New York State Adopts LNG Rules

New York State Adopts LNG Rules

New York State, through its Department of Environmental Conservation (DEC), has adopted new rules which define a permitting program for the safe siting, construction, and operation of liquefied natural gas (LNG) facilities in New York State as required by Article 23, Title 17 of the Environmental Conservation Law. LNG facilities are those that either store LNG in a tank system or convert LNG into natural gas through vaporization.

Part 570 also addresses the transportation of LNG including the statutory requirement that intrastate transportation occur only along approved routes. The Notice of Adoption was filed with the New York State Department of State on January 27, 2015; Part 570 is effective February 26, 2015.

The substantial revision establishes an upper limit of 70,000 gallons on the amount of LNG that a facility is permitted to store. This is a conservative approach that recognizes the different requirements for large tanks/facilities included in the National Fire Protection Association standards on this subject. As DEC gains experience with permitting LNG facilities, DEC may reconsider the capacity limit in subsequent revisions to Part 570. The new rules will allow LNG storage facilities to be built in New York City for the first time since a moratorium on LNG facilities was imposed in 1973.

As indicated in the 2011 New York State Energy Research and Development Authority (NYSERDA) report, there is consensus among regulatory agencies that the NFPA standards establish appropriate requirements for the safe management of LNG. DEC noted prior to adoption, that Part 570 would provide the most comprehensive LNG management system in the nation, because beyond the NFPA standards, DEC will require permits, tailored for each facility.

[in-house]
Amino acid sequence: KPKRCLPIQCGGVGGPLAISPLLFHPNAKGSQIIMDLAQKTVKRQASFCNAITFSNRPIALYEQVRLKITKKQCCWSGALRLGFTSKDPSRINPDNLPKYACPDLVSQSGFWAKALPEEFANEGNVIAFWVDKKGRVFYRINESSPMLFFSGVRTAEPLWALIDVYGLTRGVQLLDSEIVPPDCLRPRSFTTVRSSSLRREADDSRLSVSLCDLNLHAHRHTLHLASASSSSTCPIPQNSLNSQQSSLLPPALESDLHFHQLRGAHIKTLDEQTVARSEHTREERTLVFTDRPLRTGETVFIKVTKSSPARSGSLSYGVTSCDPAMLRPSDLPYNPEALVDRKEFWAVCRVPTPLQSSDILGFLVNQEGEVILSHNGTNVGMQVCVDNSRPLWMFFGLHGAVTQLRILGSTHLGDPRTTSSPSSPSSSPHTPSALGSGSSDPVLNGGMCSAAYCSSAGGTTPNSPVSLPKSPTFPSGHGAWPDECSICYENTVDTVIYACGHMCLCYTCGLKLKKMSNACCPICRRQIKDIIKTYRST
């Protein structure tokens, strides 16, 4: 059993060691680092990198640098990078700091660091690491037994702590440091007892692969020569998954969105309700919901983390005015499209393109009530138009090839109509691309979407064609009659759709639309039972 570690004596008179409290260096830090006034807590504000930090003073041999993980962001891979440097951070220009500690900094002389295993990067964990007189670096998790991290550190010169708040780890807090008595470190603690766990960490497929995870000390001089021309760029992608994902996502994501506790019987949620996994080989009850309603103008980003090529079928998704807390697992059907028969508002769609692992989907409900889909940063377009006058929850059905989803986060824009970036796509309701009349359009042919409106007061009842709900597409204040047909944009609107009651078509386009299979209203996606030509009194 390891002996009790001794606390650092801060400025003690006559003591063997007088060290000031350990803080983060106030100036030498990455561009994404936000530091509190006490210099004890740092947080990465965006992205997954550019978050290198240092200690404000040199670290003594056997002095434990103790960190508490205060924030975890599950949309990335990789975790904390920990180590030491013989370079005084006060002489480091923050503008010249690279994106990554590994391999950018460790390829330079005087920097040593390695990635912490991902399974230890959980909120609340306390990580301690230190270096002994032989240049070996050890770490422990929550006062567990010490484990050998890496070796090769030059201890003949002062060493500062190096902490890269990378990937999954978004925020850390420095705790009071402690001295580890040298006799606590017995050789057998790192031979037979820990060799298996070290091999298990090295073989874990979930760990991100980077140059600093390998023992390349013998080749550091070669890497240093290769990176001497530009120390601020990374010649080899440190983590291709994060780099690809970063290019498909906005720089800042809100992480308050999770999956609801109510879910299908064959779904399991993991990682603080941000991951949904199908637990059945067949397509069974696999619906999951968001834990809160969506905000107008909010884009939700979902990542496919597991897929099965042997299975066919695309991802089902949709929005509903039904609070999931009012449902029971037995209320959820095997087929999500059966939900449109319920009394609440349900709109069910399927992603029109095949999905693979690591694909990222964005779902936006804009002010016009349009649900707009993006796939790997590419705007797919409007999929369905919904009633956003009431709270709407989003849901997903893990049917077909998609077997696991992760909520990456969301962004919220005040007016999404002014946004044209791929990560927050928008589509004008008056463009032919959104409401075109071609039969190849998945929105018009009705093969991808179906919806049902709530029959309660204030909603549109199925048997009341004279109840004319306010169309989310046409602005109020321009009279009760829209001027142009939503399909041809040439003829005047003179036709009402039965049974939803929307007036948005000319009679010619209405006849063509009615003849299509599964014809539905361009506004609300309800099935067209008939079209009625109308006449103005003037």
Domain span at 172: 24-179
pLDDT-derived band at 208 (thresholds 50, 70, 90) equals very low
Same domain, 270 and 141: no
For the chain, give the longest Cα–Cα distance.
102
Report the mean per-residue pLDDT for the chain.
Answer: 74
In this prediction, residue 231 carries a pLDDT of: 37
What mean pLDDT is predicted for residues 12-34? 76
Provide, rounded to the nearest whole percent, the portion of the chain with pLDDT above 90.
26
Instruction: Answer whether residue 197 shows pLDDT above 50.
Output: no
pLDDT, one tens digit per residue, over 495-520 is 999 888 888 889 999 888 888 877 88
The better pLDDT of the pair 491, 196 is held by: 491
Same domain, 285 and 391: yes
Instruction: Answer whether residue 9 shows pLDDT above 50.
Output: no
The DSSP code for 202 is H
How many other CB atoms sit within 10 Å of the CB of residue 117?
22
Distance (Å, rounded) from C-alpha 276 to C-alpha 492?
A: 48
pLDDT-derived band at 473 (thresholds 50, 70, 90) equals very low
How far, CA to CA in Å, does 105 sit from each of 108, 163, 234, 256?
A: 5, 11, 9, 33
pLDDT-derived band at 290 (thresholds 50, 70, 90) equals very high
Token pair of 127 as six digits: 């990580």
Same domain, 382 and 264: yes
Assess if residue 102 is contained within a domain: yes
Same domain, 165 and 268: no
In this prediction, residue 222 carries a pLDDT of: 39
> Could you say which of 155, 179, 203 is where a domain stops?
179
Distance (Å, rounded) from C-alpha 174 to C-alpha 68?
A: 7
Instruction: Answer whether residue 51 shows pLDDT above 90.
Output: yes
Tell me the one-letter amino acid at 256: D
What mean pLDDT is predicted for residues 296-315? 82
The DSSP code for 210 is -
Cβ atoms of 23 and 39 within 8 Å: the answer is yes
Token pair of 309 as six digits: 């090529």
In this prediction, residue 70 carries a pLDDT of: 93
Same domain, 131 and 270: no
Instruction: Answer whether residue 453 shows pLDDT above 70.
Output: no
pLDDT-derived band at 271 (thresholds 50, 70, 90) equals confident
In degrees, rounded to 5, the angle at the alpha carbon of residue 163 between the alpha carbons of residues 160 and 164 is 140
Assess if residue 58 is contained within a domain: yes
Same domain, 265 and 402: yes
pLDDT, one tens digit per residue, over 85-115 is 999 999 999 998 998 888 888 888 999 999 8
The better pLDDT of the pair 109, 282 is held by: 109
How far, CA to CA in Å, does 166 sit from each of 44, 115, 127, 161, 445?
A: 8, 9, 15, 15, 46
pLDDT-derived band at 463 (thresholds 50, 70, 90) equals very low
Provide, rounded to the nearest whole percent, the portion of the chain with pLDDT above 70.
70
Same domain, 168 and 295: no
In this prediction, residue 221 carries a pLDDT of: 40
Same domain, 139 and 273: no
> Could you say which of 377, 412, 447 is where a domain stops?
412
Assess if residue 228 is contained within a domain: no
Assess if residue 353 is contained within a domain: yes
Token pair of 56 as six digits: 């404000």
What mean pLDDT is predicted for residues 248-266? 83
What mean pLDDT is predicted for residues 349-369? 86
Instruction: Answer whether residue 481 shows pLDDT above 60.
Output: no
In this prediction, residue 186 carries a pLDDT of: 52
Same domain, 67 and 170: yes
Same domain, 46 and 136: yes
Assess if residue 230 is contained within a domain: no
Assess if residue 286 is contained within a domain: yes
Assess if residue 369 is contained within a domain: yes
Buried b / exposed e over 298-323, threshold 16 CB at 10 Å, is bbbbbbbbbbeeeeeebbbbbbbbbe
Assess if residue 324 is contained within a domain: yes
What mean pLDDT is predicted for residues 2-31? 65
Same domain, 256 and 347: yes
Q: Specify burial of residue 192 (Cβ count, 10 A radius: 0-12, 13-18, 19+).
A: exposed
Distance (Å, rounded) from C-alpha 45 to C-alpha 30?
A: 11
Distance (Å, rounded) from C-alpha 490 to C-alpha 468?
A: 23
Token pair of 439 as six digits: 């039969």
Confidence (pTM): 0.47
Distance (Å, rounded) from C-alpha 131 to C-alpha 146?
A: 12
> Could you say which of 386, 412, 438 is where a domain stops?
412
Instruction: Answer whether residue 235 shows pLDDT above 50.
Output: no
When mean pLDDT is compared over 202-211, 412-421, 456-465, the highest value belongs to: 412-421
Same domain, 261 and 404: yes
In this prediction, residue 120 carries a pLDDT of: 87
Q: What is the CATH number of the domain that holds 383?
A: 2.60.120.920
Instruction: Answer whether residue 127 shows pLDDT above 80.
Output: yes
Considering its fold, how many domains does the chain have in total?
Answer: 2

Part 570 and the revised rule making documents clearly indicate that other types of LNG facilities may be permitted, although truck fueling facilities are likely to predominate among early applications. Long-haul trucking fleets are increasingly adopting LNG fuel, encouraged by cleaner, quieter operations, fuel pricing and technology that delivers performance comparable to diesel trucks. The rules clarify that LNG fuel tanks exempt from Part 570 are those used to power a vehicle, not tank trailers used to transport LNG to be used later as fuel.

Published General Comments in Support of Rule Changes show DEC was encouraged to promulgate Part 570, noting it provided environmental benefits such as reduced emissions from substituting natural gas for petroleum. The State of California and Argonne National Laboratory have found that the life-cycle carbon footprint of producing and using LNG is less than that of petroleum or coal. Specific reductions in emissions were noted for hydrocarbons, carbon monoxide, oxides of nitrogen, and greenhouse gases.

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